If it claims to be from your bank or an institution or company you know and have dealings with, do the same thing, that is, call them directly through the numbers on material you have from them or through the phone book or their website. Don’t use any numbers or go to any websites listed on the pop-up!

If it’s from a source you don’t recognize, do note it, but otherwise ignore it, as it may just be a front name. However, if you have an anti-virus program, I would do a scan of your computer, just to be sure. And see if the pop-up comes up again in the future. If it does, especially if it does so often, it may be that you do have a virus or other malware. Here, I would contact my local computer store or a computer security expert and not any numbers or websites or email addresses shown in the pop-up.

As for phone calls, you can often recognize these if you have caller id. They will often be numbers that don’t look like a normal phone number, such as “86483”. If you do answer, they will often claim to be from a Microsoft call center and will claim that they need info from you about your computer, usually passwords you use, because of some problem. And, if pressed, they often cannot give you specifics of the problem. Again, they are a complete scam. And, they could claim to be from your bank or other important institution you deal with, like the IRS.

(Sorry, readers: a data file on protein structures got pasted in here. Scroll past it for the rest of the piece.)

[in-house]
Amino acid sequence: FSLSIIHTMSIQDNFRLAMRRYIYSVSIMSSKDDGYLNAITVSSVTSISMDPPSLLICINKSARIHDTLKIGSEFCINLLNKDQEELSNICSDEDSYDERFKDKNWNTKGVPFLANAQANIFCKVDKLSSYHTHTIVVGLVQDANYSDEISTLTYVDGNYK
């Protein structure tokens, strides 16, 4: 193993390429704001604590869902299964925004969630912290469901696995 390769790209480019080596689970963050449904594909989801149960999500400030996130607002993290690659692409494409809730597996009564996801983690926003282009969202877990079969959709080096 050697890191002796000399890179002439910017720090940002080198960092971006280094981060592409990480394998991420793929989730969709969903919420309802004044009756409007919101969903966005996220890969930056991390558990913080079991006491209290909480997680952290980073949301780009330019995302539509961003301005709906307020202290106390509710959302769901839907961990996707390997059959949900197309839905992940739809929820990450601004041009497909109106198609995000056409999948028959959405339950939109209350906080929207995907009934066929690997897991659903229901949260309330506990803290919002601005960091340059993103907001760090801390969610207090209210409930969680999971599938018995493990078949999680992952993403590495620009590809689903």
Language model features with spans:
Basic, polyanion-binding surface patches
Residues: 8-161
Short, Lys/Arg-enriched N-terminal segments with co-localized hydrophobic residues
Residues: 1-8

I know people who’ve gotten these calls, too, and I did get one supposedly from Microsoft. I knew it was a scam, but was curious what they would say when pressed for specifics, but they were vague and insisted that, “it was my computer” and wouldn’t say more than that. Needless to say, I never gave, nor intended to give, any information whatsoever, even before I answered the call. And if the caller is threatening, you know it’s a scam. Companies, and government institutions will not contact you in this manner, nor are they likely to be threatening over the phone.

Again, here, if you’re not sure, don’t give any information over the phone to the caller, nor should you call any numbers left from a voice message.. Hang up and call the institution or company itself, using the numbers you already have for them and they’ll tell you if there’s a problem. Most likely there isn’t and they’ll let you know that it was a scammer who called you.

You may want to report it to the police as well, though they won’t really be able to do anything except take it as a heads up if it’s a new scam hitting the area. However, if you do fall for the scam, report it to the police, especially if the scammer starts harassing you or shows up in person!

So, if you get an “urgent message” in the form of a pop-up, phone call, or of course, an e-mail, don’t panic, don’t call or contact using numbers or websites or e-mail addresses listed in the message, (and don’t reply to said e-mail either!) and contact the source company directly using their legitimate numbers, websites, or email addresses, not those listed on the message you received!

Be safe and happy computing! Happy 100th posting! Merry Christmas and a

Happy New Year, too!

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And thanks for reading! 🙂